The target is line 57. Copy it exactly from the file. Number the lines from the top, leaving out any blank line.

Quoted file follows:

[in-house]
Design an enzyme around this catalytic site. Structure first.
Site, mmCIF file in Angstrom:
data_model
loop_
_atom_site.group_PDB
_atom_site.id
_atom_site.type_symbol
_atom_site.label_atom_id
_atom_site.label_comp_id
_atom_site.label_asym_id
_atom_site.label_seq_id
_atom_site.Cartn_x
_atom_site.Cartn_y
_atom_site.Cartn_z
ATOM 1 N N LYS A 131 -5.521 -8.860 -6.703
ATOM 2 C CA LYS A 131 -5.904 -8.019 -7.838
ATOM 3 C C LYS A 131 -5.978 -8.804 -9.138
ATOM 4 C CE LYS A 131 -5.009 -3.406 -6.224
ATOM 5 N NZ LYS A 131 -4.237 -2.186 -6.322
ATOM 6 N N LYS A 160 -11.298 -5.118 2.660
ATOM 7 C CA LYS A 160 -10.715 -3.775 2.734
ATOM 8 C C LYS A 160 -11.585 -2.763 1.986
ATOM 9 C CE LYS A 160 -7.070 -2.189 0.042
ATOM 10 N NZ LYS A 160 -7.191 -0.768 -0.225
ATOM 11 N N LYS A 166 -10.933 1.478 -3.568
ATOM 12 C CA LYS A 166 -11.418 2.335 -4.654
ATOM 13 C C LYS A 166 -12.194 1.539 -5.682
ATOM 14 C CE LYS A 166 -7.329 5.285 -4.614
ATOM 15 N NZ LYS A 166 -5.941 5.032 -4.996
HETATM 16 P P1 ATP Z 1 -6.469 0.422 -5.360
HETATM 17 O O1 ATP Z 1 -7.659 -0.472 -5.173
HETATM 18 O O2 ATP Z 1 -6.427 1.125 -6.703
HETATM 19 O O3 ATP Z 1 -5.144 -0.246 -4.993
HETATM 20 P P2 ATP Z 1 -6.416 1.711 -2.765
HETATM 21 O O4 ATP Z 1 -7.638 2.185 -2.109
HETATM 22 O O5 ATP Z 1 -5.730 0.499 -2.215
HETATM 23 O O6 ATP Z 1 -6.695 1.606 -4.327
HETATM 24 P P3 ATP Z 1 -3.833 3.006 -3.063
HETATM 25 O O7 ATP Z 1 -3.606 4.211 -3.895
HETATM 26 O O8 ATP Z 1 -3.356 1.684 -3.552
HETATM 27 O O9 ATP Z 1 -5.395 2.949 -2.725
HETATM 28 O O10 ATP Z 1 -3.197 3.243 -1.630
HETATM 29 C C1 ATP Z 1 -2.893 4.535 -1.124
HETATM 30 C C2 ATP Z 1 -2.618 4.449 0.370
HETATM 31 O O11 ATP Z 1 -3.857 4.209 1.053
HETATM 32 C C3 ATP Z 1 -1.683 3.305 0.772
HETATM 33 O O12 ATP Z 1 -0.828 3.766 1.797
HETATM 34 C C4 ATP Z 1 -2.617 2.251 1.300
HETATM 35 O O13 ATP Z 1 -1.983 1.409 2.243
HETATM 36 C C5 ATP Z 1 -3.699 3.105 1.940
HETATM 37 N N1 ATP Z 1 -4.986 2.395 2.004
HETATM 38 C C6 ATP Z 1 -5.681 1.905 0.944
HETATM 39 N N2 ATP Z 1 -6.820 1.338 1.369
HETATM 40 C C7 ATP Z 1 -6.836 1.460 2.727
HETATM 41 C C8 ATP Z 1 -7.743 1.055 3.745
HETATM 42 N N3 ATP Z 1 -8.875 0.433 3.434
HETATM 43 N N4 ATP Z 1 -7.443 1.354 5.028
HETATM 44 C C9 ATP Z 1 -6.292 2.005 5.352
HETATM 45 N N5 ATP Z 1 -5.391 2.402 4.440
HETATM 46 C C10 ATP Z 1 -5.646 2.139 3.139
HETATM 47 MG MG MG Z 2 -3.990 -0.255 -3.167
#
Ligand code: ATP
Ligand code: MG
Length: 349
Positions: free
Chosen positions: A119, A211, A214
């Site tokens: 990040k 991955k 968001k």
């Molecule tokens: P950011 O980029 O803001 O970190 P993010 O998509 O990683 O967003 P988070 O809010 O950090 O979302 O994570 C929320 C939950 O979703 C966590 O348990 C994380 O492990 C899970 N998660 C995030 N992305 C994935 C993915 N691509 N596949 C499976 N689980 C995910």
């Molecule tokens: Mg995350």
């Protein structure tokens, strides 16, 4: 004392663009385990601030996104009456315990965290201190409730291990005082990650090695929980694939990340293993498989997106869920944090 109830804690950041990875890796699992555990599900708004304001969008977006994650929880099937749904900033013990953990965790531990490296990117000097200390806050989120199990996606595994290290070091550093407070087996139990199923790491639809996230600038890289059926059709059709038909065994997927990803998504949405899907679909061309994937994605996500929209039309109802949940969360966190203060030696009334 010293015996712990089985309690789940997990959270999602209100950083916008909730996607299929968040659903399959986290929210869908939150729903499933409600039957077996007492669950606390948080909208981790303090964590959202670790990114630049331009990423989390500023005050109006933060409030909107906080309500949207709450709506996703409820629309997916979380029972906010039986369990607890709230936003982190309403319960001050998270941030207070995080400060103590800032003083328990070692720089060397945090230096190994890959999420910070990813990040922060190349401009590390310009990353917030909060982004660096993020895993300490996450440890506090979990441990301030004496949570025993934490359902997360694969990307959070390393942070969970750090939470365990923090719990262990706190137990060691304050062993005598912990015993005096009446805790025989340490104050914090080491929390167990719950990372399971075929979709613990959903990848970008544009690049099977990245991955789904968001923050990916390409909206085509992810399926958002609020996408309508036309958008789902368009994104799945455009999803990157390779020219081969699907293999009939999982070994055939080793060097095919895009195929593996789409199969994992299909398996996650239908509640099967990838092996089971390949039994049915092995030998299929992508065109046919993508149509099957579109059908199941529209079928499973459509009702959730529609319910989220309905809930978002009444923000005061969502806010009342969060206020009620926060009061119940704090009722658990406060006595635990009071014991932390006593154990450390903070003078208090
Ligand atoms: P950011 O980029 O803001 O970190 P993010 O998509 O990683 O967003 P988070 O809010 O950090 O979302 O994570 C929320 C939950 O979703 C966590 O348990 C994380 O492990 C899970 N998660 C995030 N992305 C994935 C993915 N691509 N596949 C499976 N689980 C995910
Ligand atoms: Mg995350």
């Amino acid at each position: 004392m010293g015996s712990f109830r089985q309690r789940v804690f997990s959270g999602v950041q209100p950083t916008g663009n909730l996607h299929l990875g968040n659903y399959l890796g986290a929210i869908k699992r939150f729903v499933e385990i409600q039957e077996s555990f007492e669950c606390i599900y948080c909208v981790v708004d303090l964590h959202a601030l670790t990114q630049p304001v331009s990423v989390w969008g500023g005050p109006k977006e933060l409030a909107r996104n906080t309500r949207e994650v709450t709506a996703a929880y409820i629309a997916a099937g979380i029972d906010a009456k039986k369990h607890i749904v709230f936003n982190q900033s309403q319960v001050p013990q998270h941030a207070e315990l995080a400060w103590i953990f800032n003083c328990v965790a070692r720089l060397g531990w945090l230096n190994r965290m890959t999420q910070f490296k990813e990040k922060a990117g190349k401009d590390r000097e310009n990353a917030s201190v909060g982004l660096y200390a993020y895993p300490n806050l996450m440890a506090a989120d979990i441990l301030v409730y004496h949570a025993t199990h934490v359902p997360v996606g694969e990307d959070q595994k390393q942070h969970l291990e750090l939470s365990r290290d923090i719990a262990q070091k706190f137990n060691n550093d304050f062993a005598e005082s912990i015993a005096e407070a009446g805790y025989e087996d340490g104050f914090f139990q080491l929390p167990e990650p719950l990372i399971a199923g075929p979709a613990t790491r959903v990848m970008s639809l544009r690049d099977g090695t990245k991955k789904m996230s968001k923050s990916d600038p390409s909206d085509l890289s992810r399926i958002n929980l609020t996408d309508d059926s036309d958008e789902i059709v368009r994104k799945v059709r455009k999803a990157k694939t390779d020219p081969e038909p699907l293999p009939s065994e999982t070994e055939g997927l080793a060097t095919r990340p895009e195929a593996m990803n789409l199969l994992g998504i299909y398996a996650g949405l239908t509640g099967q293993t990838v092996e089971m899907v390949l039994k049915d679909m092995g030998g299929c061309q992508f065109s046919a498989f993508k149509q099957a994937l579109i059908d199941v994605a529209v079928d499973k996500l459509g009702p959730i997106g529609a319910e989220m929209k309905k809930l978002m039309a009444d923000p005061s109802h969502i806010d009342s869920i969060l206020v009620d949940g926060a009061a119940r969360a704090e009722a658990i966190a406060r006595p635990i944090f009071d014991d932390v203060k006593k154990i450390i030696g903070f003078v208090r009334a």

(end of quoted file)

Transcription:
HETATM 42 N N3 ATP Z 1 -8.875 0.433 3.434